Luke, if you’re reading most of the posts, why don’t people understand that they never give their Social Security number or credit card number with security code. When they find out that they have been hacked or scammed they don’t realize why. If this Gocredit is a legit Company and you even stated that they are no longer charging a one dollar fee, my question is why do they need my credit card number with expiration date and security code. If you want your credit report, call directly to the three big power houses. Don’t ever give your date of birth, your social security number and credit card number unless you’re buying a legitimate site like Ama–n. And people wonder why they get hassled by phone calls or just got their identity stolen. So silly, grow up people.

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avatar 5 Anonymous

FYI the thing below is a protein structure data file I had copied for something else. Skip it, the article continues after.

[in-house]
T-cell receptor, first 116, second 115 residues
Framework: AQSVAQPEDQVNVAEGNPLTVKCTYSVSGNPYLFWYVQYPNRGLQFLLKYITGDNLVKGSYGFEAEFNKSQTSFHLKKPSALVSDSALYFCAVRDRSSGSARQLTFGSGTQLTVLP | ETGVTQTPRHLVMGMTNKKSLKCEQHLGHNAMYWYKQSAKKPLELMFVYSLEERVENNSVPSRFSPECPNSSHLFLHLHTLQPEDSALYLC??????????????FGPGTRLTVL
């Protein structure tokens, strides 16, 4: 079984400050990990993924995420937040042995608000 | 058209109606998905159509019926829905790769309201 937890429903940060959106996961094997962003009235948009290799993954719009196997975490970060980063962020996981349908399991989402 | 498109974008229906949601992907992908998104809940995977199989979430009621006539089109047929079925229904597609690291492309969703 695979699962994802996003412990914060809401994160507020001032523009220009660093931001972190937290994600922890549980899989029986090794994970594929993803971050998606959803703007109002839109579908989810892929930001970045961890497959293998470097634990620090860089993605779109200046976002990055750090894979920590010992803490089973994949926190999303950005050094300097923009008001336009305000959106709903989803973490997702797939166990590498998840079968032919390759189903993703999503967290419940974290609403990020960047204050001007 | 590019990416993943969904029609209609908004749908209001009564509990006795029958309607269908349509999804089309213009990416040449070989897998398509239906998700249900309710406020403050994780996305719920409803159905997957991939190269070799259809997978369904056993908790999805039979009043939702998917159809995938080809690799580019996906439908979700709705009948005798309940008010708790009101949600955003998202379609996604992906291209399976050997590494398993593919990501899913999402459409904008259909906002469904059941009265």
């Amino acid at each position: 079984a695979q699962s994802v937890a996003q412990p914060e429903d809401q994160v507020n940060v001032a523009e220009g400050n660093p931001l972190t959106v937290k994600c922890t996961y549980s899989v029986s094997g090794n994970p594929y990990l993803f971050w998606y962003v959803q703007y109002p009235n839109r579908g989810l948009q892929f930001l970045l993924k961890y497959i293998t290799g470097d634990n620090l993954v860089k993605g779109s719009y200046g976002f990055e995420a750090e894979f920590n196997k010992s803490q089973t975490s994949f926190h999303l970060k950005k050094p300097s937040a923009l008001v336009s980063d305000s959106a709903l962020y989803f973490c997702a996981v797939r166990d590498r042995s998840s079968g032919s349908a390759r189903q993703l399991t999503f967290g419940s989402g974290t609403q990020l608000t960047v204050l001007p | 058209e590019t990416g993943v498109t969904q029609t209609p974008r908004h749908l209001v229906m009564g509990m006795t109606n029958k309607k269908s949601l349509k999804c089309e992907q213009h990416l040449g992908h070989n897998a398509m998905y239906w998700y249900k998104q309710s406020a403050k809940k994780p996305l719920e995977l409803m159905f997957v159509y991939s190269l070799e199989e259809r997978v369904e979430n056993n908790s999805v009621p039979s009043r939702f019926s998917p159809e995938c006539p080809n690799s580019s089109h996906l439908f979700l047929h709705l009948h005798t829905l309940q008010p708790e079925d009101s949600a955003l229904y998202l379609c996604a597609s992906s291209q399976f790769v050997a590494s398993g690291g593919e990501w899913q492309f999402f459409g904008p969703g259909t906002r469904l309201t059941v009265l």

I wasn’t able to find an option to cancel online as you indicated, but calling the 800 number in the Help Section gives you a message to call a different 800 number (800-316-8750).

The cancel process via that number is entirely automated, but you don’t get any sort of confirmation, just a recording that your account has been closed.

Interesting way to make a few $$$ by referrals though … is there a reason why you wouldn’t state, more prominently, that you have a referral relationship? I’m not trying to pick on you, because I really enjoy the blog, but the italic print, under the ad, below where I think a lot of people stop reading, the weasel words of “may be compensated” — why so slippery?